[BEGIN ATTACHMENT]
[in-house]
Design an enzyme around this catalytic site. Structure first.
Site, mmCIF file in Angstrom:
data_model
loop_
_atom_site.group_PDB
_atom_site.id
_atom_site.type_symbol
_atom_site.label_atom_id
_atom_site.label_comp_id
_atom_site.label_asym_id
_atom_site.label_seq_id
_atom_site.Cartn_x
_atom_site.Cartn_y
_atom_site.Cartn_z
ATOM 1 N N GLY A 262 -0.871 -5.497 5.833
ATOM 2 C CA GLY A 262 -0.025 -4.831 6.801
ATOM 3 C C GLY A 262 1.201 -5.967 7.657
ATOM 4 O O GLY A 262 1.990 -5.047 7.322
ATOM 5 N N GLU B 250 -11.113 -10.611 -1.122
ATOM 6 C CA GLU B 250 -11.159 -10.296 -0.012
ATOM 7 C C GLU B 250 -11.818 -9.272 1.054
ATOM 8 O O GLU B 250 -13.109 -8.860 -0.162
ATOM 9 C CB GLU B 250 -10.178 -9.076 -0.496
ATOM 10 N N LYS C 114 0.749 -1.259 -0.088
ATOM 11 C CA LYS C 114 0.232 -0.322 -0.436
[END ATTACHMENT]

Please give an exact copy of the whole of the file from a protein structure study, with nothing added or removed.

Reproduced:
[in-house]
Design an enzyme around this catalytic site. Structure first.
Site, mmCIF file in Angstrom:
data_model
loop_
_atom_site.group_PDB
_atom_site.id
_atom_site.type_symbol
_atom_site.label_atom_id
_atom_site.label_comp_id
_atom_site.label_asym_id
_atom_site.label_seq_id
_atom_site.Cartn_x
_atom_site.Cartn_y
_atom_site.Cartn_z
ATOM 1 N N GLY A 262 -0.871 -5.497 5.833
ATOM 2 C CA GLY A 262 -0.025 -4.831 6.801
ATOM 3 C C GLY A 262 1.201 -5.967 7.657
ATOM 4 O O GLY A 262 1.990 -5.047 7.322
ATOM 5 N N GLU B 250 -11.113 -10.611 -1.122
ATOM 6 C CA GLU B 250 -11.159 -10.296 -0.012
ATOM 7 C C GLU B 250 -11.818 -9.272 1.054
ATOM 8 O O GLU B 250 -13.109 -8.860 -0.162
ATOM 9 C CB GLU B 250 -10.178 -9.076 -0.496
ATOM 10 N N LYS C 114 0.749 -1.259 -0.088
ATOM 11 C CA LYS C 114 0.232 -0.322 -0.436